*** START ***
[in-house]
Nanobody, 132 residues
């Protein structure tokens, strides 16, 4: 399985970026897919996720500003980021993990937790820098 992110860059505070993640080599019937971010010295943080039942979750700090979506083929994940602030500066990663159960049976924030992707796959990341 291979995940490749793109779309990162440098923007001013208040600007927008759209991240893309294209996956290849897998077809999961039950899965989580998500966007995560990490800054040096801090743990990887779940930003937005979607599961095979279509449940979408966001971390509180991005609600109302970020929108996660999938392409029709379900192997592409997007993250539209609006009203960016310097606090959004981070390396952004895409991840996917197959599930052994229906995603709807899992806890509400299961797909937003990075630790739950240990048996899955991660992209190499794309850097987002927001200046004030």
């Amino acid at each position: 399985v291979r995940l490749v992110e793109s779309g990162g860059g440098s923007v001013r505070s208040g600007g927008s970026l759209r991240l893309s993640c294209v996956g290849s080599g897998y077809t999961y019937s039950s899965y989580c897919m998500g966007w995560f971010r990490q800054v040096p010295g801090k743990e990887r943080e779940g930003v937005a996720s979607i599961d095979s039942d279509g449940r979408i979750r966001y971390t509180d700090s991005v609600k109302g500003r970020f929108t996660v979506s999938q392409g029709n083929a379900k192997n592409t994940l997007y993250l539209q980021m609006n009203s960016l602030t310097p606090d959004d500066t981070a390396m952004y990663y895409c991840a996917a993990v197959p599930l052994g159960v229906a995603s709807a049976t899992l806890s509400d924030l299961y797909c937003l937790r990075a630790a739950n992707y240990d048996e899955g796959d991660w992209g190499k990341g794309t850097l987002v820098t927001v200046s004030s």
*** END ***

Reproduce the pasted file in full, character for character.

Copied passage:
[in-house]
Nanobody, 132 residues
């Protein structure tokens, strides 16, 4: 399985970026897919996720500003980021993990937790820098 992110860059505070993640080599019937971010010295943080039942979750700090979506083929994940602030500066990663159960049976924030992707796959990341 291979995940490749793109779309990162440098923007001013208040600007927008759209991240893309294209996956290849897998077809999961039950899965989580998500966007995560990490800054040096801090743990990887779940930003937005979607599961095979279509449940979408966001971390509180991005609600109302970020929108996660999938392409029709379900192997592409997007993250539209609006009203960016310097606090959004981070390396952004895409991840996917197959599930052994229906995603709807899992806890509400299961797909937003990075630790739950240990048996899955991660992209190499794309850097987002927001200046004030």
């Amino acid at each position: 399985v291979r995940l490749v992110e793109s779309g990162g860059g440098s923007v001013r505070s208040g600007g927008s970026l759209r991240l893309s993640c294209v996956g290849s080599g897998y077809t999961y019937s039950s899965y989580c897919m998500g966007w995560f971010r990490q800054v040096p010295g801090k743990e990887r943080e779940g930003v937005a996720s979607i599961d095979s039942d279509g449940r979408i979750r966001y971390t509180d700090s991005v609600k109302g500003r970020f929108t996660v979506s999938q392409g029709n083929a379900k192997n592409t994940l997007y993250l539209q980021m609006n009203s960016l602030t310097p606090d959004d500066t981070a390396m952004y990663y895409c991840a996917a993990v197959p599930l052994g159960v229906a995603s709807a049976t899992l806890s509400d924030l299961y797909c937003l937790r990075a630790a739950n992707y240990d048996e899955g796959d991660w992209g190499k990341g794309t850097l987002v820098t927001v200046s004030s």